Many community associations are required by their declarations to carry “fidelity insurance,” but what exactly is fidelity insurance? What does it cover and, perhaps more importantly, what doesn’t it cover? In order to fully protect an association, it is important to understand the limitations and exceptions of an association’s fidelity insurance.
In simple terms, fidelity insurance protects an association from employee theft. Policies vary but the following provisions can be problematic for associations and should be considered carefully:
The theft must be committed by an employee. The most common limitation of fidelity insurance is the fact that most fidelity insurance policies only cover theft of funds committed by “employees”. Typically the definition of “employee” includes requirements that an individual person be (1) compensated directly by salary, wages or commission and (2) be directed and controlled in the performance of their services. Non-salaried board members, volunteers and association managers do not meet this definition. Therefore, in order to protect an association from theft by those with access to assets but not technically “employees”, an association needs to purchase an endorsement which expands the definition of “employee” to include directors, officers, management company agents, and if possible, committee members.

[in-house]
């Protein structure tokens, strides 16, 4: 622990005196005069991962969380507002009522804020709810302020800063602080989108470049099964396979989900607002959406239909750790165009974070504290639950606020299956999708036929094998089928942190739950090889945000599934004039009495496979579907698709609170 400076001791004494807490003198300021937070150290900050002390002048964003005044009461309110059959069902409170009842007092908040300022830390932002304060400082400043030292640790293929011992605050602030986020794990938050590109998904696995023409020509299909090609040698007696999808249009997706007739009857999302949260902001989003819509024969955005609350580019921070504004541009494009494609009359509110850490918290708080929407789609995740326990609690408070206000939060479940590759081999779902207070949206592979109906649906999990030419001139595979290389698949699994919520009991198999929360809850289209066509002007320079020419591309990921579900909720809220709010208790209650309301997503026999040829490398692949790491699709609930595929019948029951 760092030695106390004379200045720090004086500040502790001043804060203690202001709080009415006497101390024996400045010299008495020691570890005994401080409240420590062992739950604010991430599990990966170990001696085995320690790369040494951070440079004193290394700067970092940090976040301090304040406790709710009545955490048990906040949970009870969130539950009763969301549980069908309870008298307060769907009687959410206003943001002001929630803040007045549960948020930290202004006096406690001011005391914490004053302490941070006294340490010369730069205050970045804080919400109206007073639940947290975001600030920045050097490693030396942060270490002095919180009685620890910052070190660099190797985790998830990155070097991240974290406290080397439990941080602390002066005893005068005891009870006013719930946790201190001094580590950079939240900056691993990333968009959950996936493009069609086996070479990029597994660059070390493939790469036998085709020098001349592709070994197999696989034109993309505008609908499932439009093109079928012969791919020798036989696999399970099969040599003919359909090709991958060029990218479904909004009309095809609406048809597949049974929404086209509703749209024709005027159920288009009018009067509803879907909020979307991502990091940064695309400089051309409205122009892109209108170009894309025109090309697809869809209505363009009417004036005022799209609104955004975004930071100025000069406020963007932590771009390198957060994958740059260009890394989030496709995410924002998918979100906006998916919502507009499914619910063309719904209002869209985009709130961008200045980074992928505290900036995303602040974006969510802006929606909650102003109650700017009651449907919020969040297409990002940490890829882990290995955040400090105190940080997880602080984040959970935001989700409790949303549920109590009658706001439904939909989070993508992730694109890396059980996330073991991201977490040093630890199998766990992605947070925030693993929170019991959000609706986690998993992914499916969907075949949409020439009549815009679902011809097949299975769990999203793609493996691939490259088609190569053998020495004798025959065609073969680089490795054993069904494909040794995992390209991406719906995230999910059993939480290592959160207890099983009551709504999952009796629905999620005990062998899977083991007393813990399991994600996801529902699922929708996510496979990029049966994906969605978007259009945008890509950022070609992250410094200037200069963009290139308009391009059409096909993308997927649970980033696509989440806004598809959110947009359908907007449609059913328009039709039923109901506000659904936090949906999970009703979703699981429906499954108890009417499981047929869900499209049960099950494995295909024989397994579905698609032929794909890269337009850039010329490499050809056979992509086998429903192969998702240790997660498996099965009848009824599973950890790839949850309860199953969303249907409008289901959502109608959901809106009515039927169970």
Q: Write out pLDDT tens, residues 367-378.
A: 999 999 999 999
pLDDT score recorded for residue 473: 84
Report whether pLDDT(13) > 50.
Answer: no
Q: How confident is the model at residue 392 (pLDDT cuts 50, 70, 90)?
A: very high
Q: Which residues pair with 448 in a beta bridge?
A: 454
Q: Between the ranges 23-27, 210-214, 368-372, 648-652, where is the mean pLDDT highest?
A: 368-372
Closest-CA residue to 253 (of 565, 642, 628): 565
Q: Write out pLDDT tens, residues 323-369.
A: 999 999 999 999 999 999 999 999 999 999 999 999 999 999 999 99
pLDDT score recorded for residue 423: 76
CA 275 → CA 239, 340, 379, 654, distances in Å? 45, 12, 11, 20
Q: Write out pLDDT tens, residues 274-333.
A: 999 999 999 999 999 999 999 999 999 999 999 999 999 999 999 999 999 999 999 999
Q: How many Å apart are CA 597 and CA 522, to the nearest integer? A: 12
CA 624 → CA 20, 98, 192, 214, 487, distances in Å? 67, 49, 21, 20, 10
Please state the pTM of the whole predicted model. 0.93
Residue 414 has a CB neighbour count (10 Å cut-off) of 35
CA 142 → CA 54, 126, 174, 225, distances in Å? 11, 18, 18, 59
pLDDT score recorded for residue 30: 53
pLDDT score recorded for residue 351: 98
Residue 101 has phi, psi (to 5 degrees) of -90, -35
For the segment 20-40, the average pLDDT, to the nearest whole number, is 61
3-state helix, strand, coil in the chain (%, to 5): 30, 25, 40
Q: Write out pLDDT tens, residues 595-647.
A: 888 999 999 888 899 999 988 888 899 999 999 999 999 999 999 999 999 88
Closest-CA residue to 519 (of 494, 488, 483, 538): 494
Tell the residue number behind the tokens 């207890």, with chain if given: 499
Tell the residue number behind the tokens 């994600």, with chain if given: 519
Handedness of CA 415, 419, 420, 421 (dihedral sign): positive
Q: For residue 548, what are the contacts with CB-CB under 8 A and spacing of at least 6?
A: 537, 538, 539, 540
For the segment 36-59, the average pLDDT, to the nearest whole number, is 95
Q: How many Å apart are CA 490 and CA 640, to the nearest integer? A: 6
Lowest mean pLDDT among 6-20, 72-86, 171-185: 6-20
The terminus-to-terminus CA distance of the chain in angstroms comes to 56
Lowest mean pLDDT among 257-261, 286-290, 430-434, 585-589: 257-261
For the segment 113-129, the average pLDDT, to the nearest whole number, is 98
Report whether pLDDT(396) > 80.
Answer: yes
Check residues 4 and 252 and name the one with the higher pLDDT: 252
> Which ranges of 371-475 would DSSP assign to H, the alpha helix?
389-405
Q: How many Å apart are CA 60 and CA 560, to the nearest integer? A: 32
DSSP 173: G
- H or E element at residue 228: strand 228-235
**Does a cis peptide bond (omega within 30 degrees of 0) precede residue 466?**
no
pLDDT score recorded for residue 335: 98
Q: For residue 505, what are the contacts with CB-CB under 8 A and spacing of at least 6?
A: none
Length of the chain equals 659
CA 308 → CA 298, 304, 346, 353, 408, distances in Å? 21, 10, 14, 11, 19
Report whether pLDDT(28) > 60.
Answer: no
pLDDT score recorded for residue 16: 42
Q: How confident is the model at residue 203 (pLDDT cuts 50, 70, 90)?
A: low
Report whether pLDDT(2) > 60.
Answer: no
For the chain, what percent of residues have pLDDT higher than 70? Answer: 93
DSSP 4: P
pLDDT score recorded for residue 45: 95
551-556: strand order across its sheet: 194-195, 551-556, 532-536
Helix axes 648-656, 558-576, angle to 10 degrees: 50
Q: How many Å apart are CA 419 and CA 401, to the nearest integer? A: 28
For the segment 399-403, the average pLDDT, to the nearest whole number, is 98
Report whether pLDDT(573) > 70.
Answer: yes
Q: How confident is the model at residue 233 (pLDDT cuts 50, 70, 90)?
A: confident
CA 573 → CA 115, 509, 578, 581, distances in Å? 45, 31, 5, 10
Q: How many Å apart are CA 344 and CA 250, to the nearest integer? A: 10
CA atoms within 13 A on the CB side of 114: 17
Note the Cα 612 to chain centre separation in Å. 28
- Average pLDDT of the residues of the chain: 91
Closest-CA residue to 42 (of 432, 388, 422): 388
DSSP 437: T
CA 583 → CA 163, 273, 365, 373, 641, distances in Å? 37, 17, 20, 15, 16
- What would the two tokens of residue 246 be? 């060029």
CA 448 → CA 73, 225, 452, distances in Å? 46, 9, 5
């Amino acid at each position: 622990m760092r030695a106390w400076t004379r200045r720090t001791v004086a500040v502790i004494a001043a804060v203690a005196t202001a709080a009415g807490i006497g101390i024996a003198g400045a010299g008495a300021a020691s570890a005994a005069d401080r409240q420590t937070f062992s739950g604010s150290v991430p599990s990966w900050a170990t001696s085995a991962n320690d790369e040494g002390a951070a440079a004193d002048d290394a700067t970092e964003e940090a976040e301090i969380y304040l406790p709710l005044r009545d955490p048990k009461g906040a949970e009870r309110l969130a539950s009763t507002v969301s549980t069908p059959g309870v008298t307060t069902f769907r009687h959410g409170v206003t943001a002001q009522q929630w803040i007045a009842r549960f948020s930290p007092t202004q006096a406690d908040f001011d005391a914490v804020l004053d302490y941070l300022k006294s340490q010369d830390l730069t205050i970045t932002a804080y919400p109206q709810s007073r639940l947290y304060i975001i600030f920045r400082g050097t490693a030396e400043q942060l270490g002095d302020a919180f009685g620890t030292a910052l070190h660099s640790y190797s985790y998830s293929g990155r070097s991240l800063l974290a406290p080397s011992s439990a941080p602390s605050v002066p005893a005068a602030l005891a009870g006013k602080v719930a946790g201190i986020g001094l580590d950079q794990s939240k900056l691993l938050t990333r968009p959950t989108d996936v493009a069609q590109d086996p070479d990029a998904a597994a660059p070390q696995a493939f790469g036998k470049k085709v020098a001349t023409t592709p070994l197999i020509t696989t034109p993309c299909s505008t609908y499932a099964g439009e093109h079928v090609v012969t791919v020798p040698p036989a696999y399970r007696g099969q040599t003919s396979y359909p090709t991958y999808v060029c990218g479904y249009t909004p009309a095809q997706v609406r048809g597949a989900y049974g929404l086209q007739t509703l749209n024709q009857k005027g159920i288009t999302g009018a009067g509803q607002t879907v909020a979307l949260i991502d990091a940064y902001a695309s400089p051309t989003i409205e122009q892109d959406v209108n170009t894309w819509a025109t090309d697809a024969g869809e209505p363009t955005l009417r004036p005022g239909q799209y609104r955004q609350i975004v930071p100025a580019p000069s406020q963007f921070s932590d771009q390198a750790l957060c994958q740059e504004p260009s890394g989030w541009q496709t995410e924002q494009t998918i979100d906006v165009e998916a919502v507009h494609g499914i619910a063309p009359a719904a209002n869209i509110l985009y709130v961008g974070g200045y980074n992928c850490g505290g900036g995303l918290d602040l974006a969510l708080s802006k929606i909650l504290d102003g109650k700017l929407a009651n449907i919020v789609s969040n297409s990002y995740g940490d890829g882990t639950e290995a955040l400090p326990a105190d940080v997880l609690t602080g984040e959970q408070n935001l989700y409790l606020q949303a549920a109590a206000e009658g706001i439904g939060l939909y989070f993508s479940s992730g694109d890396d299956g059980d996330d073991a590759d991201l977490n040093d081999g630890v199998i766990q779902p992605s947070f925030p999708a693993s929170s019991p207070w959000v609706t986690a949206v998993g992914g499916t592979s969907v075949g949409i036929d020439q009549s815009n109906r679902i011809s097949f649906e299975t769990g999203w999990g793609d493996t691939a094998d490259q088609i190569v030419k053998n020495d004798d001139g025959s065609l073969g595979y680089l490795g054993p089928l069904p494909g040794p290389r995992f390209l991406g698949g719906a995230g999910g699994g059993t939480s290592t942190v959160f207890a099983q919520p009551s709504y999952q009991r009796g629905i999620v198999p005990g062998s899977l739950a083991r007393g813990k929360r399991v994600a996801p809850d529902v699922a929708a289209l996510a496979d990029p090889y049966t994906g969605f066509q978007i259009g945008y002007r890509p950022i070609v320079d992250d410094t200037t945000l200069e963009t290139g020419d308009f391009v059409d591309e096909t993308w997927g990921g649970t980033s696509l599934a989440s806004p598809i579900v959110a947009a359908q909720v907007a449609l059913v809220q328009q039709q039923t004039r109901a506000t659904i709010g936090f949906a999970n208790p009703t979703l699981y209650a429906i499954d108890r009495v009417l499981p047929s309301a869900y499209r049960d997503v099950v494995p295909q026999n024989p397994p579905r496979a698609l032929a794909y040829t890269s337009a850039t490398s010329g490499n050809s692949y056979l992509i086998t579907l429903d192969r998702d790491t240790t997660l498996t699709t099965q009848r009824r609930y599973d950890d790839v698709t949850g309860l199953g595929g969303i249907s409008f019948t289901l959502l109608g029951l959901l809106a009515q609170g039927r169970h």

Coverage may also be denied if the employee (or other specifically covered individual) who commits the theft caused fidelity coverage to be canceled at a prior job. The idea is that the insurance company is not going to insure the association against such a high-risk employee. Under the same logic, if a covered individual steals from the association, sets up a repayment plan,
and steals again, there will not be coverage for the second theft.
The loss must be caused by theft . Most policies only cover losses caused by theft. In order to qualify as theft, the covered individual must commit an act with the intent to cause a loss to the association and a benefit to some known person. Coverage would not be provided for a loss of funds that are proven to be caused by an employee but where the funds were simply “lost” without the requisite intent. What steps the association must take to demonstrate that funds were stolen rather than merely lost, vary by policy. For example, some policies won’t pay unless a conviction is obtained. Since most “white collar” crimes are plea bargained a conviction for theft may be difficult to obtain.
A covered asset must be stolen. It is important to be aware that some fidelity policies only cover theft of particular sorts of assets. They may only cover theft of money, but not property, stock certificates or other assets. Depending on the business practices of the particular association, a cash only limitation may make the policy essentially useless.
As with all insurance policies, it is important to understand the limitations and exclusions of your fidelity policy in order to adequately protect the association. An insurance audit, which includes a thorough review of all your associations’ policies and endorsements, can save the association a significant amount of money in the long run. You may contact any of our attorneys for more information on insurance audits.